You can also get in touch with the bicycle coordinators for Utah and Arizona. Many have online resources as well as printed materials. Nearly every state publishes a bicycle map of some sort that they will send out for free and the coordinators often have more information they can distribute for no charge as well. And while the maps aren't as detailed as ours, they generally offer suggested roads for cycling through their state. Here is a link to the contact information for all of the bicycle coordinators and some online materials: http://www.pedbikeinfo.org/data/state.cfm
For more tips and ideas on how to create your own route, see this blog post on the topic:http://www.adventurecycling.org/resources/blog/how-to-create-your-own-route/
For lodging, once you have determined your route, you can look at state tourism sites. In Montana, the tourism site lists towns and accommodations.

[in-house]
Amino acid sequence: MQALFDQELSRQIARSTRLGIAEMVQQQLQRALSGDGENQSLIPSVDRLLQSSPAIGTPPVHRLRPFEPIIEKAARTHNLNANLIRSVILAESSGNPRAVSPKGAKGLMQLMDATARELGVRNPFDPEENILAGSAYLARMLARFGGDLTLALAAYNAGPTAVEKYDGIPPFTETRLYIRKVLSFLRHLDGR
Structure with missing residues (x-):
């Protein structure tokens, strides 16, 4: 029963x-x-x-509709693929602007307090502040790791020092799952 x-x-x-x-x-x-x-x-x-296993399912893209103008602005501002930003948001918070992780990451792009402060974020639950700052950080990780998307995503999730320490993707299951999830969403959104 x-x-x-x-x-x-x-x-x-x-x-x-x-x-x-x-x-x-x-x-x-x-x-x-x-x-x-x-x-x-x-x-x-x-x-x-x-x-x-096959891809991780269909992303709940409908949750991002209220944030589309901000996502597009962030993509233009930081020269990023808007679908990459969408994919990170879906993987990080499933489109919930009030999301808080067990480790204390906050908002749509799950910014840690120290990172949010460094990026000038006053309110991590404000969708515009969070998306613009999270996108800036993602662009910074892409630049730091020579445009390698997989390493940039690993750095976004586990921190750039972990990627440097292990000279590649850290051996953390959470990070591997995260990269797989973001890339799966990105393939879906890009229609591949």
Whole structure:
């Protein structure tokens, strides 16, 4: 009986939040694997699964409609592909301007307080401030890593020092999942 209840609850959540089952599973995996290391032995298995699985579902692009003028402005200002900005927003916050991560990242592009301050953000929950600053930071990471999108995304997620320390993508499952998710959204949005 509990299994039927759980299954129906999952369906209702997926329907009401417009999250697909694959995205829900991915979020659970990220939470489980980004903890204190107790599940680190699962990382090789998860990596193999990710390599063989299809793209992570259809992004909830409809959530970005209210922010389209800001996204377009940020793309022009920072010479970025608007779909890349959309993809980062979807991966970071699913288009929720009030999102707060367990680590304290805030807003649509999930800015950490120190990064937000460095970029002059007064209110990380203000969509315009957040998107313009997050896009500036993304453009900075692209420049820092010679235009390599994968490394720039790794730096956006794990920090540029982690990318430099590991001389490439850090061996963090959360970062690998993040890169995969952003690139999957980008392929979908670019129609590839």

Since Utah and Arizona have smaller populations and less roads (as compared to states in the east) you'll most likely ride on U.S. and state highways with variable shoulder widths, and not county roads. It's possible you can ride on the interstates also, if you want to do that. They at least have wide shoulders. But check with the state bicycle coordinators to see if it's allowed. And I bet SLC and Phoenix have bike maps, google each city and see what comes up.
You can also go to crazyguyonabike.com and review online biking journals. Search to see if anyone has written about riding from SLC to Phoenix.